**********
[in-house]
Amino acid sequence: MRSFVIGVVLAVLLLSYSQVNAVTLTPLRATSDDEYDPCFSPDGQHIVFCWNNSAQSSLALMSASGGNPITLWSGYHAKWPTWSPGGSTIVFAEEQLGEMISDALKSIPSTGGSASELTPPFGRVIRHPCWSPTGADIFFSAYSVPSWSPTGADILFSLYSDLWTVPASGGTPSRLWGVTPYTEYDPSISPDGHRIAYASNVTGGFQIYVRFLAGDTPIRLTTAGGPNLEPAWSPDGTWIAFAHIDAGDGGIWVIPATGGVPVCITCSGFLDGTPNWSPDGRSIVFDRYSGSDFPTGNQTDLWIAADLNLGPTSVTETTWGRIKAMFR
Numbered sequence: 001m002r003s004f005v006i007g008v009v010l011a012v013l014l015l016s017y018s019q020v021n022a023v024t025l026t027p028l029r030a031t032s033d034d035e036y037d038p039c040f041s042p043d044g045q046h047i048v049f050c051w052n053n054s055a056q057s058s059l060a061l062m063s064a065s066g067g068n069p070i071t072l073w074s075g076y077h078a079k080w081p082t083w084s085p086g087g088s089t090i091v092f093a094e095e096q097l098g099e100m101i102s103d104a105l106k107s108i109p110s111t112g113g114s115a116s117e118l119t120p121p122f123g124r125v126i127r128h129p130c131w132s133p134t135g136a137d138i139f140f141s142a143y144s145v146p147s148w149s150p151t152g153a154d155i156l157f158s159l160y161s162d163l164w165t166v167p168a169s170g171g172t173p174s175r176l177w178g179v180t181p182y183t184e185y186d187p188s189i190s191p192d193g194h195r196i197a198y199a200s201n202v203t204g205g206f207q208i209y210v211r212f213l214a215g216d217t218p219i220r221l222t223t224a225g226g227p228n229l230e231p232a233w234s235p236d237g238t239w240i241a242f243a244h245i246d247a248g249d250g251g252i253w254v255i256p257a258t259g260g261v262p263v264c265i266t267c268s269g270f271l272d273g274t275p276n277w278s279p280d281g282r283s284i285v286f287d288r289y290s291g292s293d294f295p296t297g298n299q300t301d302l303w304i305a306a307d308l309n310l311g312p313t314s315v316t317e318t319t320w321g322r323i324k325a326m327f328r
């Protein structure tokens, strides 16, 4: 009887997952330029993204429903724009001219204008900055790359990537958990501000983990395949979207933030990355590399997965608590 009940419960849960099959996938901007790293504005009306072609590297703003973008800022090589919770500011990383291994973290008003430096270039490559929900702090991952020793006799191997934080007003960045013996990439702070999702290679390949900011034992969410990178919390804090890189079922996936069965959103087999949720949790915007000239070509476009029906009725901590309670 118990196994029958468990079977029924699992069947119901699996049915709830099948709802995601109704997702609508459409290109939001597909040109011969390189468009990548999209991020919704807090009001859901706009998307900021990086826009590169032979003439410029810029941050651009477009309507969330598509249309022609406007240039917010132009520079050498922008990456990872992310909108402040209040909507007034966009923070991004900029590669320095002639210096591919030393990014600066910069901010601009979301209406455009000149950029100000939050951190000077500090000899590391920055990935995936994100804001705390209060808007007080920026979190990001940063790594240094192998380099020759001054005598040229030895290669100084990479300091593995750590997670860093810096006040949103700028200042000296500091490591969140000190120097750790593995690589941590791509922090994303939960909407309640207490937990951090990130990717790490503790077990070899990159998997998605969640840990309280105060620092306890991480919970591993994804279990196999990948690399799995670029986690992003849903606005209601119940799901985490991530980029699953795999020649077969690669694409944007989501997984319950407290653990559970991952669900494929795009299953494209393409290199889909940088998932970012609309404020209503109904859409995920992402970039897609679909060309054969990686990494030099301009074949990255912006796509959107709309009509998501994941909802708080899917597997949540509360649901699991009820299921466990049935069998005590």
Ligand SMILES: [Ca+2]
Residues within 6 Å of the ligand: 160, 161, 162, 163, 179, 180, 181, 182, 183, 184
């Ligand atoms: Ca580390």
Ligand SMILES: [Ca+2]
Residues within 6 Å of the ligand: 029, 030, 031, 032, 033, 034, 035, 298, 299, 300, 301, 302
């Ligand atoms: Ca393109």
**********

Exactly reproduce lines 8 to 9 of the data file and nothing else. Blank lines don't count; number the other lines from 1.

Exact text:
Ligand SMILES: [Ca+2]
Residues within 6 Å of the ligand: 029, 030, 031, 032, 033, 034, 035, 298, 299, 300, 301, 302